One of the most fascinating things is the strange light of a low-pressure gas discharge. Unfortunatly, you normally need a vacuum pump for this :-(. But, I finally found a simple way of using a CRT as a pump, and evacuate a plastic tube to a low enough pressure (about 10 mbar):
To try this yourself, you need a CRT from a TV set, a suitable plastic tube (3cm diameter, 10cm long, strong enough so that you can't distort it much between your fingers), suitable pieces of metal for the electrodes, a plastic inflatable ball or soft plastic foil 1-2mm thick, epoxy glue and silicone sealing compound.
Drill small holes at the top and base of the tube and glue the electrodes in with a lot of epoxy glue. Leave this to harden for 12 hours. Your tube must then be airtight except for the base opening.
Find the small metal plate in the side wall of the CRT where the HV cable is pugged in. Only this thin plate separates the near absolute vacuum in the CRT from the surrounding air pressure here. Clean the surrounding area thoroughly with alcohole. Cut two rings from the plastic ball that leave the plug free (5mm diameter), but cover a sufficient area around it (4cm diameter). Smear some silicon on them and press them (one on top of the other) onto the CRT wall. They must adhere smoothly. Put some more silicon on top, so that the tube rim can later be pressed into it. Leave this to dry for about 2 hours (the silicon needs 12-24 hours to dry completely).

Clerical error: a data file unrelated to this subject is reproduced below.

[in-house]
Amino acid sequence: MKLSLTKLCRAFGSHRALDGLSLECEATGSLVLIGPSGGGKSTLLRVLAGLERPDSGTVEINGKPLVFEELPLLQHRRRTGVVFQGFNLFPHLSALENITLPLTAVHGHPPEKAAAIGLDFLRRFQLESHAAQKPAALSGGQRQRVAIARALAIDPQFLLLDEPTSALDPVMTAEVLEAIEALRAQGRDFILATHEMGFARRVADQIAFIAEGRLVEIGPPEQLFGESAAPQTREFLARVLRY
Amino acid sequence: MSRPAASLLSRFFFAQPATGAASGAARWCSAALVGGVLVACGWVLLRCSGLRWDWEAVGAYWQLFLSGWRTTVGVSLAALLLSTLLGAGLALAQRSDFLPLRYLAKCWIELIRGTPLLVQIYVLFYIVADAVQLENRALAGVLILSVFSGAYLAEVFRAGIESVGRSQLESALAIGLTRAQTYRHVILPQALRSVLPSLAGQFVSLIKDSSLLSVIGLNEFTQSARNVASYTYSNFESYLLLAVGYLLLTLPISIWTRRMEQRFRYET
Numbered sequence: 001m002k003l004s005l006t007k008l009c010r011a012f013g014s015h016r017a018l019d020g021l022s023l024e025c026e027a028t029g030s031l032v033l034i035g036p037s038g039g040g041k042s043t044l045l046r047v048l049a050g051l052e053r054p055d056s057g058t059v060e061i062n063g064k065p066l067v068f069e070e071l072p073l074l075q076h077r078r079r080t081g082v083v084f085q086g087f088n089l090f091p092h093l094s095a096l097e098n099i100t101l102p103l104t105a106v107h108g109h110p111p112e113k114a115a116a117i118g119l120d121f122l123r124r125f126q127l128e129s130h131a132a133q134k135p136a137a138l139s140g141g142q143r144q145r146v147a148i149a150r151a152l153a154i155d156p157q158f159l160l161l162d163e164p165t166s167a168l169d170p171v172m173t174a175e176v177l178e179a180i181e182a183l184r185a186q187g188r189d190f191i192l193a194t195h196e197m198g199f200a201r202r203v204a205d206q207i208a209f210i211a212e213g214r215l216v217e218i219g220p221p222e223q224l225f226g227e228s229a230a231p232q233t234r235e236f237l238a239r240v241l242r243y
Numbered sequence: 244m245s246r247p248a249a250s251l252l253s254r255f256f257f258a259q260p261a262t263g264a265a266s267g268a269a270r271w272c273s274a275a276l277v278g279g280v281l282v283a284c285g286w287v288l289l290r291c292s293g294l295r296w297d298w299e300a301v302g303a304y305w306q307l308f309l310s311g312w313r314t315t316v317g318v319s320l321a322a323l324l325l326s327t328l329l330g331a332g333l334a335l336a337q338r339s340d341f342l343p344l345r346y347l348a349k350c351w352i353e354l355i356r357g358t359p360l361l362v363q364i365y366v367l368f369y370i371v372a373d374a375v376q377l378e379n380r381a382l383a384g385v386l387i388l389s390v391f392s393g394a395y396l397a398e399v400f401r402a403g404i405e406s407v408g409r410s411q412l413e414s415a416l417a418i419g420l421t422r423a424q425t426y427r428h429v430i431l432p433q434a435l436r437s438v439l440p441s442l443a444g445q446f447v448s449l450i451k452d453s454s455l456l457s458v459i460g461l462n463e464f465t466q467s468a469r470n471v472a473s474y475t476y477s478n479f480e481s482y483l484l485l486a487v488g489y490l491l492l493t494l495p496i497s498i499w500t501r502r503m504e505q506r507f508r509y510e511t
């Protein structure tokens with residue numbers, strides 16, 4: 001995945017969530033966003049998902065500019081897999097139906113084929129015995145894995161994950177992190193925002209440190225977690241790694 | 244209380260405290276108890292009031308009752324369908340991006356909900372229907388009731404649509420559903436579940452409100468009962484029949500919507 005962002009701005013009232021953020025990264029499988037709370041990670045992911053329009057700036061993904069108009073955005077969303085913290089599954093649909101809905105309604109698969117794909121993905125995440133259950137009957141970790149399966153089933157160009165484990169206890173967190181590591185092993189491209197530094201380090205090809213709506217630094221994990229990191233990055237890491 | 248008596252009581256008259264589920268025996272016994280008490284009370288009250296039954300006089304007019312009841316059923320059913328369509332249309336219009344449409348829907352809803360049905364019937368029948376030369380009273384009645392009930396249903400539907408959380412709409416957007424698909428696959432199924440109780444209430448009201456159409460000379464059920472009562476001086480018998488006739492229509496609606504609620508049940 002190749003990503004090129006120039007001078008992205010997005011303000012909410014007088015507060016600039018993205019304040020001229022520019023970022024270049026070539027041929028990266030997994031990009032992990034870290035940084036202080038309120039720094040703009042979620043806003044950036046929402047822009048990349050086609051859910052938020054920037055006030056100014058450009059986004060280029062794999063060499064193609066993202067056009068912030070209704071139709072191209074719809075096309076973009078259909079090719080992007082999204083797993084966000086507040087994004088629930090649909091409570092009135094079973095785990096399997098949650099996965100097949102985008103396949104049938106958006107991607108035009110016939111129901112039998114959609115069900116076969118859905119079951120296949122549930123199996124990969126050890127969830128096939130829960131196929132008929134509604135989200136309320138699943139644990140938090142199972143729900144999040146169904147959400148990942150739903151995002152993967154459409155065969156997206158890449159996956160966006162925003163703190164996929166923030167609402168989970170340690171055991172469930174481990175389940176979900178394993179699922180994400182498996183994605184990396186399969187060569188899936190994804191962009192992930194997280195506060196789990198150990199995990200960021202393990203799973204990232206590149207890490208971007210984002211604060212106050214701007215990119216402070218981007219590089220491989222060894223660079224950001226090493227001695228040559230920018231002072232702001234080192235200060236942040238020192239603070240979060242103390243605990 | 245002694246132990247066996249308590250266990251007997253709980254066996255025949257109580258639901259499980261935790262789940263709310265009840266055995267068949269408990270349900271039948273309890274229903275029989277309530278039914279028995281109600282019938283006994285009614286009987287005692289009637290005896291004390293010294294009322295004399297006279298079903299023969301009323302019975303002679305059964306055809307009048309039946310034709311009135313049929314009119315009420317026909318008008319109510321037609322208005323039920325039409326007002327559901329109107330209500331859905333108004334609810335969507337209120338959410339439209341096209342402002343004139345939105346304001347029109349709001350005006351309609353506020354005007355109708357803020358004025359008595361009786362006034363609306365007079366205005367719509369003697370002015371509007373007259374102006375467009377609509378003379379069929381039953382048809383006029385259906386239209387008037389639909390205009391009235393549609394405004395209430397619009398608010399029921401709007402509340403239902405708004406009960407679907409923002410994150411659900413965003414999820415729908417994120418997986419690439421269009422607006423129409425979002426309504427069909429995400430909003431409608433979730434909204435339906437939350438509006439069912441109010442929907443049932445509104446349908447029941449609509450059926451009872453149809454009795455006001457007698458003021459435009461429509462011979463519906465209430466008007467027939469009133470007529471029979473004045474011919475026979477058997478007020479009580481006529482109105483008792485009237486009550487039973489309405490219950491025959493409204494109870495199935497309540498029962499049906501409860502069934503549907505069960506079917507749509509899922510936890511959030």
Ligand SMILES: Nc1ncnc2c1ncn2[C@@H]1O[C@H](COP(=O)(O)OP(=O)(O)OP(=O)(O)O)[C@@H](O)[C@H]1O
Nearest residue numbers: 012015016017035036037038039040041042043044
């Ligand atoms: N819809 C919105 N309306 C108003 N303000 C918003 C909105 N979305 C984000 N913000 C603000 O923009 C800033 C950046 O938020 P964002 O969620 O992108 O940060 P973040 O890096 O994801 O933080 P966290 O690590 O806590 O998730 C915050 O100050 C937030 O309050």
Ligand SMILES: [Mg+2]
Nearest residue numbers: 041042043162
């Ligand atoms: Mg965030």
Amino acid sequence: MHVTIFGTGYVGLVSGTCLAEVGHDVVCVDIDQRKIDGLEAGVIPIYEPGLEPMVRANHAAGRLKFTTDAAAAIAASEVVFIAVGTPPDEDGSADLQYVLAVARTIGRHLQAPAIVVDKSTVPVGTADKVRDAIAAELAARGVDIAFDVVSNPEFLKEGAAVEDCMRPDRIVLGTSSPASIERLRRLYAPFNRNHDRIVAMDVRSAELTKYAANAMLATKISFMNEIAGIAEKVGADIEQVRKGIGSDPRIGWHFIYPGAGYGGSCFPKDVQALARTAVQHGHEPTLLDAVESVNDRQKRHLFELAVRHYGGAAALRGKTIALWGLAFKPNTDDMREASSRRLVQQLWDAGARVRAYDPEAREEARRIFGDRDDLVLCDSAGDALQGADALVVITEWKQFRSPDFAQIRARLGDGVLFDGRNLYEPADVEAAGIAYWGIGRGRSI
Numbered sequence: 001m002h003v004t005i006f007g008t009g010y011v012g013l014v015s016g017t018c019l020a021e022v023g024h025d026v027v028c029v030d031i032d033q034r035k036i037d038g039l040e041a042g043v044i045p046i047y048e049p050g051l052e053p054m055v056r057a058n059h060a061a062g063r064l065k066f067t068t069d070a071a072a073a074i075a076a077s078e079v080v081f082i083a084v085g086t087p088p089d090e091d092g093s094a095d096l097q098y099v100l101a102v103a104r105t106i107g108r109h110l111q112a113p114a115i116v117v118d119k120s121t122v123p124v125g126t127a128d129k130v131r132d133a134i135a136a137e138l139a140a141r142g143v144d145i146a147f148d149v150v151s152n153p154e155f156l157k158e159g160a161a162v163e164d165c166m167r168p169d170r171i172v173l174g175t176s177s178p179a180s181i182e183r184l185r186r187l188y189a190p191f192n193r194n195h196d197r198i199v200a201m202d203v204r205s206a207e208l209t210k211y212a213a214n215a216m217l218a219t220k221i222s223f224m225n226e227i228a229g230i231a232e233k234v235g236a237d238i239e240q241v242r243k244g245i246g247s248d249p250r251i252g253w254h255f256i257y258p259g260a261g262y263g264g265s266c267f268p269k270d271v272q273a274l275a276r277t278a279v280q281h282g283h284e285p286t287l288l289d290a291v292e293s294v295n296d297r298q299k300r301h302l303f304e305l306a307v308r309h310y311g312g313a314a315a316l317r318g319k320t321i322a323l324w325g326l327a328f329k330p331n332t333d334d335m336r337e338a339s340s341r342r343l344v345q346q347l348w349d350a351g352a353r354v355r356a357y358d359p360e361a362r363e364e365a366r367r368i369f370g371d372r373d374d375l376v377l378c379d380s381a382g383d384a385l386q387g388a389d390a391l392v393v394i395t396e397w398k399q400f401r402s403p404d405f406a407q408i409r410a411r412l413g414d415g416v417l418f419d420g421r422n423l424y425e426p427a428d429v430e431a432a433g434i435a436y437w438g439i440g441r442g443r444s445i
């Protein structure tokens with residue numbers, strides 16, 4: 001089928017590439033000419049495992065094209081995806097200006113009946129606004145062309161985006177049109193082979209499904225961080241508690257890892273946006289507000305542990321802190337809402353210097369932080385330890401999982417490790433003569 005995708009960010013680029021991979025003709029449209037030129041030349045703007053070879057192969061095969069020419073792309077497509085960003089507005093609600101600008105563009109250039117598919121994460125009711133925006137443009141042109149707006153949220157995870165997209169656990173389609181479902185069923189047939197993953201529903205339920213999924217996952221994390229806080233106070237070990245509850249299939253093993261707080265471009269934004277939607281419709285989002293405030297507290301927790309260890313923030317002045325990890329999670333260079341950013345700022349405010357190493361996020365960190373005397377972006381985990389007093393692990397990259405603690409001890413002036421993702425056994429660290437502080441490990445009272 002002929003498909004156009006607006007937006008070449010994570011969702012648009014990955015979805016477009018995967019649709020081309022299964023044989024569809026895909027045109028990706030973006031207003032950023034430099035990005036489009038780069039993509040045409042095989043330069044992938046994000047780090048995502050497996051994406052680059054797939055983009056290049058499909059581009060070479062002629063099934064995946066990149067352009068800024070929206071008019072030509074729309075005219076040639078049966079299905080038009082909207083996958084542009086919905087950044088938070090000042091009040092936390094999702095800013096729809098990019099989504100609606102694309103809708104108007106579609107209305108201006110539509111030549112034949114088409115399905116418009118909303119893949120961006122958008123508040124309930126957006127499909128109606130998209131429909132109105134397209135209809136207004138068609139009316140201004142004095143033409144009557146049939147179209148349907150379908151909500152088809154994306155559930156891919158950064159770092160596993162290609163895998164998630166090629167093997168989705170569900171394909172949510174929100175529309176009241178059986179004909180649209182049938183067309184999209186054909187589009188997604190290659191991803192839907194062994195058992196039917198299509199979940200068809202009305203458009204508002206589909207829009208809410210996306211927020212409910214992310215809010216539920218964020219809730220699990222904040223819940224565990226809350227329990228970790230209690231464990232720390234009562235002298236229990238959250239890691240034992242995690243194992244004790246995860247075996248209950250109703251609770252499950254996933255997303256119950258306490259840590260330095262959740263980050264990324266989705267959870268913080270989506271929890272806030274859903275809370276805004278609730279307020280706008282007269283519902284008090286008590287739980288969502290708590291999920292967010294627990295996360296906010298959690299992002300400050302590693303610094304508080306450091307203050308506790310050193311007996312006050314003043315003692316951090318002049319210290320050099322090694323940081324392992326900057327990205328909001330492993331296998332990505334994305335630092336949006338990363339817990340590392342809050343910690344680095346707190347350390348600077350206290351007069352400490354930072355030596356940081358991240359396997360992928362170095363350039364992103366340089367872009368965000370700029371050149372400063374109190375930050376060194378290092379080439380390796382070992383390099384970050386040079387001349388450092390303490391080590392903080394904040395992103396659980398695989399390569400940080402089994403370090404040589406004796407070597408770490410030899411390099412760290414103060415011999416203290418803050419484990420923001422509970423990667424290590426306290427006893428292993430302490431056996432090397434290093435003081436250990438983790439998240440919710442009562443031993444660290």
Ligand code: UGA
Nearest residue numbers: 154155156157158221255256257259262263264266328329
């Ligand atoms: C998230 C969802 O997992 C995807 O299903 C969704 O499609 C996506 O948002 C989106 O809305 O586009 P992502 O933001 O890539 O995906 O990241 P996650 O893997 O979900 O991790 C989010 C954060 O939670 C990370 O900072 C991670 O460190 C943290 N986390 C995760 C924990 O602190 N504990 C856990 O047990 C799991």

Take a small, sharp gimlet or other suitable tool and work cautiously through the metal plate. This might take some minutes. As soon as you hear the air rushing in, quickly press the tube onto the sealing rings and hold it in place for a few minutes. After that, the outer air pressure should hold it. If you want to make really sure, seal the join of CRT and tube with more silicon now.
That's it ! To test the tube, you need about 10kV voltage (or more). If all went right, you should then see a similar light effect as on the photo above. Here's another photo to illustrate the arrangement:
The exact shape of the gas discharge depends heavily on how good the vacuum is. This, in turn, gets better
In any case, the vacuum should be good enough to get a gas discharge going, but too bad to produce cathode rays or x-rays. The maximum you'll reach with sensible dimensions is about 1mbar.
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